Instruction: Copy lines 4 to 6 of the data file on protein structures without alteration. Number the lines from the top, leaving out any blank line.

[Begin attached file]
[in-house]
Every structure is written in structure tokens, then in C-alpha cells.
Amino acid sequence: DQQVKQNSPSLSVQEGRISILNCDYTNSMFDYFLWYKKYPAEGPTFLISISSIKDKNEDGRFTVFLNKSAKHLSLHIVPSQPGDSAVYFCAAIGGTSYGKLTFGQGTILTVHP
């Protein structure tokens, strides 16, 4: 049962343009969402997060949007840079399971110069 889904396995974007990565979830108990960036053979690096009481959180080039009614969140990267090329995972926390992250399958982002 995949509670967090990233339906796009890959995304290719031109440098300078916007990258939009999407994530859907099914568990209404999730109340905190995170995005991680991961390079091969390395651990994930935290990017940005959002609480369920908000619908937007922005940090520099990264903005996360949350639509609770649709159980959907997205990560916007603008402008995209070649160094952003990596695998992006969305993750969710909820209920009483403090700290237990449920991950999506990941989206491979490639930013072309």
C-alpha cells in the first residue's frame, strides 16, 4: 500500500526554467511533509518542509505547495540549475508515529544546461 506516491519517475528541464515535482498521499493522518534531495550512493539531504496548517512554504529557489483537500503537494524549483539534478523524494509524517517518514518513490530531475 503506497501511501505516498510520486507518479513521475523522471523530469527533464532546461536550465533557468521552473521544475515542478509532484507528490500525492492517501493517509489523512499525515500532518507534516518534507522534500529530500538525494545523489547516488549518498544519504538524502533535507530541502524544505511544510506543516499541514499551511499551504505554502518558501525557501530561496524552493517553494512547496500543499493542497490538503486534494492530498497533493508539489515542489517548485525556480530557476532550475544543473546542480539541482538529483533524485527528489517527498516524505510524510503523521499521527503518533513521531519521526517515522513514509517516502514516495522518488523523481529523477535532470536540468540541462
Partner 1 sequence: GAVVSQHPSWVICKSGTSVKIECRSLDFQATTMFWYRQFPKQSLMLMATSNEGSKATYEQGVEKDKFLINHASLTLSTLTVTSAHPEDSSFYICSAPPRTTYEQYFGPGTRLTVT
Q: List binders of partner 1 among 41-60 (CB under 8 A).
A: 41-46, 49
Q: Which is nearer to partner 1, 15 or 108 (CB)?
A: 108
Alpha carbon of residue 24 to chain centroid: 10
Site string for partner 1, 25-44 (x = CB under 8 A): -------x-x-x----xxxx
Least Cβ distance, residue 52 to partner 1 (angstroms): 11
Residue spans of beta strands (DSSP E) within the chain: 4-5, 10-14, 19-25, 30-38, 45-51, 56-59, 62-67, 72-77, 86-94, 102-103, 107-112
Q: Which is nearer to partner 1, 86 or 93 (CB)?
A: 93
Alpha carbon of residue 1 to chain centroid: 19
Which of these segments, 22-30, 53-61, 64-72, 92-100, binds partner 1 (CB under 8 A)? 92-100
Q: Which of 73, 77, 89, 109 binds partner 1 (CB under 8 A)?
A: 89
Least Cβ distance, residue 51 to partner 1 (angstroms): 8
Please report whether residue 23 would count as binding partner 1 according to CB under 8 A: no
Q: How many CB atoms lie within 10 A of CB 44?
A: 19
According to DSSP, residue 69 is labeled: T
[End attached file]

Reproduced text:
């Protein structure tokens, strides 16, 4: 049962343009969402997060949007840079399971110069 889904396995974007990565979830108990960036053979690096009481959180080039009614969140990267090329995972926390992250399958982002 995949509670967090990233339906796009890959995304290719031109440098300078916007990258939009999407994530859907099914568990209404999730109340905190995170995005991680991961390079091969390395651990994930935290990017940005959002609480369920908000619908937007922005940090520099990264903005996360949350639509609770649709159980959907997205990560916007603008402008995209070649160094952003990596695998992006969305993750969710909820209920009483403090700290237990449920991950999506990941989206491979490639930013072309």
C-alpha cells in the first residue's frame, strides 16, 4: 500500500526554467511533509518542509505547495540549475508515529544546461 506516491519517475528541464515535482498521499493522518534531495550512493539531504496548517512554504529557489483537500503537494524549483539534478523524494509524517517518514518513490530531475 503506497501511501505516498510520486507518479513521475523522471523530469527533464532546461536550465533557468521552473521544475515542478509532484507528490500525492492517501493517509489523512499525515500532518507534516518534507522534500529530500538525494545523489547516488549518498544519504538524502533535507530541502524544505511544510506543516499541514499551511499551504505554502518558501525557501530561496524552493517553494512547496500543499493542497490538503486534494492530498497533493508539489515542489517548485525556480530557476532550475544543473546542480539541482538529483533524485527528489517527498516524505510524510503523521499521527503518533513521531519521526517515522513514509517516502514516495522518488523523481529523477535532470536540468540541462
Partner 1 sequence: GAVVSQHPSWVICKSGTSVKIECRSLDFQATTMFWYRQFPKQSLMLMATSNEGSKATYEQGVEKDKFLINHASLTLSTLTVTSAHPEDSSFYICSAPPRTTYEQYFGPGTRLTVT